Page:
Congenital herpes simplex virus occurs when a mother who is infected with the herpes simplex virus gives birth and passes the virus on to the infant. Congenital means to be born with something such as a virus, illness, or birth defect. The infant may contract the virus in one of three ways. The most common way is called birth-acquired herpes (still considered congenital) and occurs by the baby coming into contact with the infected region when passing through the birthing canal during delivery. A second way, though uncommon, is when an infant becomes infected while still in the uterus. The third way of an infant contracting congenital herpes is by coming into contact with a person who has herpes (such as an infected mother with oral herpes kissing her baby) shortly after birth.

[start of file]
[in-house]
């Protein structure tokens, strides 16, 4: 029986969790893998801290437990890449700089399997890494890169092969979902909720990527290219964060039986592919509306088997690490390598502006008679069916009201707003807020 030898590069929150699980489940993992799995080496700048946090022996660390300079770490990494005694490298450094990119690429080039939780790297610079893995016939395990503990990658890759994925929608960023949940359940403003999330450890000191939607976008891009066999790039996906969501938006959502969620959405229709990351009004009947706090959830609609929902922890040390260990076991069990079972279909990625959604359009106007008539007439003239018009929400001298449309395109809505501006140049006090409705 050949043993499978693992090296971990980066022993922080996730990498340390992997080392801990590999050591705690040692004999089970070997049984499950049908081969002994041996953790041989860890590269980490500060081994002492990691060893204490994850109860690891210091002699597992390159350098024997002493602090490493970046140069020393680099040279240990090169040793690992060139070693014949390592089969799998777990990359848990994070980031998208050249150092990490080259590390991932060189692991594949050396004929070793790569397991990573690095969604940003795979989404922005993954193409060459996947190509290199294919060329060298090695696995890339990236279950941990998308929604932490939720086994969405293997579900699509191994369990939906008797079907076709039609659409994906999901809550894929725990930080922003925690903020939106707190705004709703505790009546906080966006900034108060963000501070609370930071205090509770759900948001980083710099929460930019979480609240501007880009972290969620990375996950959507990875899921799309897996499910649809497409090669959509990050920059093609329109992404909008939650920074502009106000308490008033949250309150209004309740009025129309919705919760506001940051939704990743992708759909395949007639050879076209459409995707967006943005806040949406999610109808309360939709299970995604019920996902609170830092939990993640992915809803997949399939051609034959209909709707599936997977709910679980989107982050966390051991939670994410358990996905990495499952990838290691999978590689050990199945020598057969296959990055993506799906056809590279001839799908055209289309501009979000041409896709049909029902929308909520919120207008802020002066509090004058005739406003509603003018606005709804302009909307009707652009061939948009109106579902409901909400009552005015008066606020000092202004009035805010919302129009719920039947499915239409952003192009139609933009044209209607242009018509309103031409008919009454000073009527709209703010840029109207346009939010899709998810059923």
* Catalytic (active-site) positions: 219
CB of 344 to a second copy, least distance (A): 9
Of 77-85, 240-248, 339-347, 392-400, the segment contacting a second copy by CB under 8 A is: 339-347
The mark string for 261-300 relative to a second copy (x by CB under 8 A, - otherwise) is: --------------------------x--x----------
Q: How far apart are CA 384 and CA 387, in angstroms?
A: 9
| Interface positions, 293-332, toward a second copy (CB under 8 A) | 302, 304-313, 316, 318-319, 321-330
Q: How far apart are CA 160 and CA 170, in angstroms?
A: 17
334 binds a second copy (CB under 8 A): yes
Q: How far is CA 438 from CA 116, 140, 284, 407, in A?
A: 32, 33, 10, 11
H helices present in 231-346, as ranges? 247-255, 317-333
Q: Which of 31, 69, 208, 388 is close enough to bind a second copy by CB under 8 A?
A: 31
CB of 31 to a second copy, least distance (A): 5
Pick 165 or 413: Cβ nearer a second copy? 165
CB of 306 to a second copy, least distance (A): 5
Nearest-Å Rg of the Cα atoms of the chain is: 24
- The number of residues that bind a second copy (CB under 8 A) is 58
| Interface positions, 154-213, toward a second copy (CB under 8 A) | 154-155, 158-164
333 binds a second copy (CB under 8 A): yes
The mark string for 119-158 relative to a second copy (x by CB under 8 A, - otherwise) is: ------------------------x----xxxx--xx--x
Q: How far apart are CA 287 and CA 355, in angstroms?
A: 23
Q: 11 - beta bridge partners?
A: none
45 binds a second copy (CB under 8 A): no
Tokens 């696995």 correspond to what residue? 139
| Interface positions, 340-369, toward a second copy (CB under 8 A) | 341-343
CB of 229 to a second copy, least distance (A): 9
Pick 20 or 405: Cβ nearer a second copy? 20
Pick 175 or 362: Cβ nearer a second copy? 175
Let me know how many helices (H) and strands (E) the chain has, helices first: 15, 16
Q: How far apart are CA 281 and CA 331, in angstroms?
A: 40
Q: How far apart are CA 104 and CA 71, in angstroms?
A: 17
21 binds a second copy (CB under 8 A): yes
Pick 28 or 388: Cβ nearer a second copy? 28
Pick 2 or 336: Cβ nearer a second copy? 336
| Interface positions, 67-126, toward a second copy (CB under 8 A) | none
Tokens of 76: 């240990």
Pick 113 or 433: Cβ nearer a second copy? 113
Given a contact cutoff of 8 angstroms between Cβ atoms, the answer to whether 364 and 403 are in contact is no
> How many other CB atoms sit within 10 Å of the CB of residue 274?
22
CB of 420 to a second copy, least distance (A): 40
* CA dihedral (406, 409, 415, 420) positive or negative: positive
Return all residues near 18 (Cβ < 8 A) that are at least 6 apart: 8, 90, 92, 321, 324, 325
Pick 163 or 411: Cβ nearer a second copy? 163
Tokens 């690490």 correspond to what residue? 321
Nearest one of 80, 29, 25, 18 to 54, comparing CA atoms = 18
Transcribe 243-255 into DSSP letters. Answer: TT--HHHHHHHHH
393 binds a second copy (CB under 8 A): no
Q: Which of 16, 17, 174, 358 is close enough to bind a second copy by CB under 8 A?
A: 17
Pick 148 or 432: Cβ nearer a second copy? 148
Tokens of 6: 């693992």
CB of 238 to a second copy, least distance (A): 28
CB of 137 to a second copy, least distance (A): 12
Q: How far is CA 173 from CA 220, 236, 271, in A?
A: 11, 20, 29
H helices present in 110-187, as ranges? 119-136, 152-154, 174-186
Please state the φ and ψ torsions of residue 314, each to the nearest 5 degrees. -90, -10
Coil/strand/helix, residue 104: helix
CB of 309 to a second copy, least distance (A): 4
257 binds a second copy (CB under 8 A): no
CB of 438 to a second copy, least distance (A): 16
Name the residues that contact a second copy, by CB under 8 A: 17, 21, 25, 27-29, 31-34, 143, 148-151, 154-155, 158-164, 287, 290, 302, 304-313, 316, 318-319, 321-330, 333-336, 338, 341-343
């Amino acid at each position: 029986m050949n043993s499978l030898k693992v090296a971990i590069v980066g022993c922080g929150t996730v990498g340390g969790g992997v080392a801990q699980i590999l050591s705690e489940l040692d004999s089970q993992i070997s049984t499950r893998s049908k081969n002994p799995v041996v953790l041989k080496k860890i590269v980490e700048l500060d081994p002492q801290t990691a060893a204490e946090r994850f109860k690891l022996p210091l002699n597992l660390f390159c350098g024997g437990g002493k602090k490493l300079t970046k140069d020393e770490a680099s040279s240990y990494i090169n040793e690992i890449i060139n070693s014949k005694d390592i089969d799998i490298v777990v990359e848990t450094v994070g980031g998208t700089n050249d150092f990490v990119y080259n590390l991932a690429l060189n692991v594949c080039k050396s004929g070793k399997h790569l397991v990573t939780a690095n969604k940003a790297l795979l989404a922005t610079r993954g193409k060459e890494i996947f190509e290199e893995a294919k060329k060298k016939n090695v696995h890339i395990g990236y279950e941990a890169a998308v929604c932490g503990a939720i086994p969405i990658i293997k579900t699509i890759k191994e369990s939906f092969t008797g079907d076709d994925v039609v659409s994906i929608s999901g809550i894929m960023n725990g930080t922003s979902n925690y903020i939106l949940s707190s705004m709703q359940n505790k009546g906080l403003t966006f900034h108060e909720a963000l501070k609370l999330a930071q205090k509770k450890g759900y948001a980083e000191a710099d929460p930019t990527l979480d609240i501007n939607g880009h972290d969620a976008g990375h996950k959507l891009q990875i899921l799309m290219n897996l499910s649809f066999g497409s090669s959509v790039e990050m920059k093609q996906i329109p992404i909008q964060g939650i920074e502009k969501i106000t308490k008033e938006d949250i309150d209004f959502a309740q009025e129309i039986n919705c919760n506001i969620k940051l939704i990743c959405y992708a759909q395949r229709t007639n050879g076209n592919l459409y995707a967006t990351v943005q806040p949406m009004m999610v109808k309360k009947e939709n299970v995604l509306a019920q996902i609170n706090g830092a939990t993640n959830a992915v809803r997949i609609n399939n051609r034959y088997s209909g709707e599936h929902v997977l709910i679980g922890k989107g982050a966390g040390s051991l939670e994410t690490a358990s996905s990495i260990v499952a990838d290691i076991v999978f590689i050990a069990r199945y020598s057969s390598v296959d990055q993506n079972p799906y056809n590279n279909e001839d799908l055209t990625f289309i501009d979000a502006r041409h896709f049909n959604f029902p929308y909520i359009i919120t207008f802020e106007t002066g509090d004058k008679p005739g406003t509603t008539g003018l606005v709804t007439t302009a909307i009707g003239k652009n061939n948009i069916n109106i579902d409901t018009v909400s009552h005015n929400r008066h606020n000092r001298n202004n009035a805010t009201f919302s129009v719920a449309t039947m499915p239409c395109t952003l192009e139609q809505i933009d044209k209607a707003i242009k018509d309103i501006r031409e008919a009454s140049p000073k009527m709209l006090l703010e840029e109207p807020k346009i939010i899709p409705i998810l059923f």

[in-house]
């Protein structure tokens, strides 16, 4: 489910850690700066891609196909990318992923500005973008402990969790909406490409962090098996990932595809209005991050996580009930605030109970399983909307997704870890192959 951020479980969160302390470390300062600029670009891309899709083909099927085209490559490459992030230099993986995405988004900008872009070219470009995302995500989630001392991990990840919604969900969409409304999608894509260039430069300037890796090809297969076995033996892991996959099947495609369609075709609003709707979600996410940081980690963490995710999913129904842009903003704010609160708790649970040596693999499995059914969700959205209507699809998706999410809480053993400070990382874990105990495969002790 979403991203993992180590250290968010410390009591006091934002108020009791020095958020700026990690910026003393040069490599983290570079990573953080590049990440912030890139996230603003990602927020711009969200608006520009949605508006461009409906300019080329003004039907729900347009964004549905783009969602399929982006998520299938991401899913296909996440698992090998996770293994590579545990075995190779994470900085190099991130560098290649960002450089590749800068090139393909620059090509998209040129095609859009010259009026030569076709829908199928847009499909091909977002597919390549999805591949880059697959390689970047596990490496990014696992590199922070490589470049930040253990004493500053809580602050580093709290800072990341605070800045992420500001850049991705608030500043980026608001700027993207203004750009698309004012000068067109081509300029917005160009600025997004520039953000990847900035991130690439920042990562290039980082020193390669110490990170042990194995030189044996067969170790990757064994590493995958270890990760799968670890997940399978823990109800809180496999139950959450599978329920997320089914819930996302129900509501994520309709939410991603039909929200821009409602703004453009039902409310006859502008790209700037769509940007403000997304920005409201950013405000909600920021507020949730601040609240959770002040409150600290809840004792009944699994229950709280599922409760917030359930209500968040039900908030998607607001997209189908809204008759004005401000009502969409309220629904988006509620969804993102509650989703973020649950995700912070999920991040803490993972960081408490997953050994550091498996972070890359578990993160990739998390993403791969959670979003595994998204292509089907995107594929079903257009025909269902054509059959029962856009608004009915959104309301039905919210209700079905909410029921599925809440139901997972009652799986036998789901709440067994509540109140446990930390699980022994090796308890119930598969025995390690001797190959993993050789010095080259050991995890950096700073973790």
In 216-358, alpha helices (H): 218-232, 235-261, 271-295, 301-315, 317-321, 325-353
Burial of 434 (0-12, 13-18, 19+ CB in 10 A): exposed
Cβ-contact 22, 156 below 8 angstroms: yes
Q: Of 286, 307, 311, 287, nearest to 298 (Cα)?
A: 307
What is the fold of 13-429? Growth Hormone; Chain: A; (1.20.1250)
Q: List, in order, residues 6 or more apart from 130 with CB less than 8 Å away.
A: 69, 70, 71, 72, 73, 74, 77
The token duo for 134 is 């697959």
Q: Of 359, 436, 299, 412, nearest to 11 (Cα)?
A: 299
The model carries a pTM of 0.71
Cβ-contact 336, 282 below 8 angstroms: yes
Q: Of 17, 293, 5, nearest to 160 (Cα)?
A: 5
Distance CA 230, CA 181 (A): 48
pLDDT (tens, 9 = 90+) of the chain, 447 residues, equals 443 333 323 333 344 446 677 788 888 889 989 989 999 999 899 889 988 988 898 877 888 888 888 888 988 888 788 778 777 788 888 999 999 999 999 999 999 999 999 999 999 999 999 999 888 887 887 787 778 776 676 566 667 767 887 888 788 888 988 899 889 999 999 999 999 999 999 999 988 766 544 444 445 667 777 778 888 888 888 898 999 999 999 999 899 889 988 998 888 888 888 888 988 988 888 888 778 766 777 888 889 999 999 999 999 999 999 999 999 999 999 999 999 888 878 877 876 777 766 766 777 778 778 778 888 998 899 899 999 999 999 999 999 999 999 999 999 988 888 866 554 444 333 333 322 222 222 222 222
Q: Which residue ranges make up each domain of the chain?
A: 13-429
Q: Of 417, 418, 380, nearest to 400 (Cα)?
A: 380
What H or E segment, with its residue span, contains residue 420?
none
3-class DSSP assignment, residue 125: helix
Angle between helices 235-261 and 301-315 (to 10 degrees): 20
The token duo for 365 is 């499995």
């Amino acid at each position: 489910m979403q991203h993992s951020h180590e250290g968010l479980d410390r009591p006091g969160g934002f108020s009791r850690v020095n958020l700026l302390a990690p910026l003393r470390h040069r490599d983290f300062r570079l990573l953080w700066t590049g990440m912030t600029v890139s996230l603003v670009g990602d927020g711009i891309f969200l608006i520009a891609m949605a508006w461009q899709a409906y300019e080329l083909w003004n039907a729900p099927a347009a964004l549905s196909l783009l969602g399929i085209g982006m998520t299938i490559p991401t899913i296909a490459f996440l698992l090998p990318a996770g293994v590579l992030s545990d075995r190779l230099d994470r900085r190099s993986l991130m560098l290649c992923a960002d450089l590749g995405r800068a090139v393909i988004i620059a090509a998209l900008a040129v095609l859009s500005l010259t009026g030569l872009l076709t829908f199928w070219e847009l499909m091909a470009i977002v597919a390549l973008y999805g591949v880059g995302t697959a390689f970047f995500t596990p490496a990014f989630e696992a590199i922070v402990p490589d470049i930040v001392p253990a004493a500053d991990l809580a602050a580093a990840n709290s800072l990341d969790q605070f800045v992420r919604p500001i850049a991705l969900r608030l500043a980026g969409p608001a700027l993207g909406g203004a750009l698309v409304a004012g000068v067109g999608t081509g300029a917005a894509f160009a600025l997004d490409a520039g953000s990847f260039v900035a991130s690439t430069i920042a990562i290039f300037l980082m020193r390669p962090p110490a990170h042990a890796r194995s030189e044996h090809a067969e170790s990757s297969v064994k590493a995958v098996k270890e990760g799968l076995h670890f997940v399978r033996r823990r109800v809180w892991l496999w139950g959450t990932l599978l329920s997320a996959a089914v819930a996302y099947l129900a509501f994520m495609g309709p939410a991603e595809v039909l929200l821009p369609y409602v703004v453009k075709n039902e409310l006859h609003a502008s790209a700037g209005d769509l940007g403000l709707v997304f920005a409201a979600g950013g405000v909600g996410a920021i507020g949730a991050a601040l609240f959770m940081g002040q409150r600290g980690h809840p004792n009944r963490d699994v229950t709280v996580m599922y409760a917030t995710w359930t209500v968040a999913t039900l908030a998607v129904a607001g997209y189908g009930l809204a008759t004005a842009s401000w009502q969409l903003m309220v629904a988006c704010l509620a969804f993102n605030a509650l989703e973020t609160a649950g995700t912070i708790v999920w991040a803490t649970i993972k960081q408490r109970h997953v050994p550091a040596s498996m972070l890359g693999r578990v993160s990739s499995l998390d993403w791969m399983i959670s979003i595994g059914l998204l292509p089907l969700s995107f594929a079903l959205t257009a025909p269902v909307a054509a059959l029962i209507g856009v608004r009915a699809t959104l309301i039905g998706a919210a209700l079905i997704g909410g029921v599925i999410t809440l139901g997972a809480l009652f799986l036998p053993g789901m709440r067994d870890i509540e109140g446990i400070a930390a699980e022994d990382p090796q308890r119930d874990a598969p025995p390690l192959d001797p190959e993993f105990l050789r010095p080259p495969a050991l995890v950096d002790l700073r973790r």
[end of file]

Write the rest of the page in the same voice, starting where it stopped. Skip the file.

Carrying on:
The virus can also present itself in three different ways: SEM, DIS, or CNS. SEM refers to skin, eyes, and mouth. This version presents itself in external lesions, but does not affect the internal organs. DIS, or disseminated herpes, does affect the internal organs such as the liver. CNS herpes occurs when the virus spreads to the central nervous system (CNS) and the brain. Symptoms of CNS herpes include irritability, seizures, tremors (uncontrollable shaking), and lethargy or tiredness. A swelling in the skull is also common. Treatments using antiviral medications have improved, resulting in a lower rate of death among infants with congenital herpes simplex virus. Prevention, including recommending C-sections to pregnant women affected with herpes, is the most common intervention. If you are pregnant with herpes or your baby has congenital herpes, you should talk to your doctor about the most current and effective antiviral medications.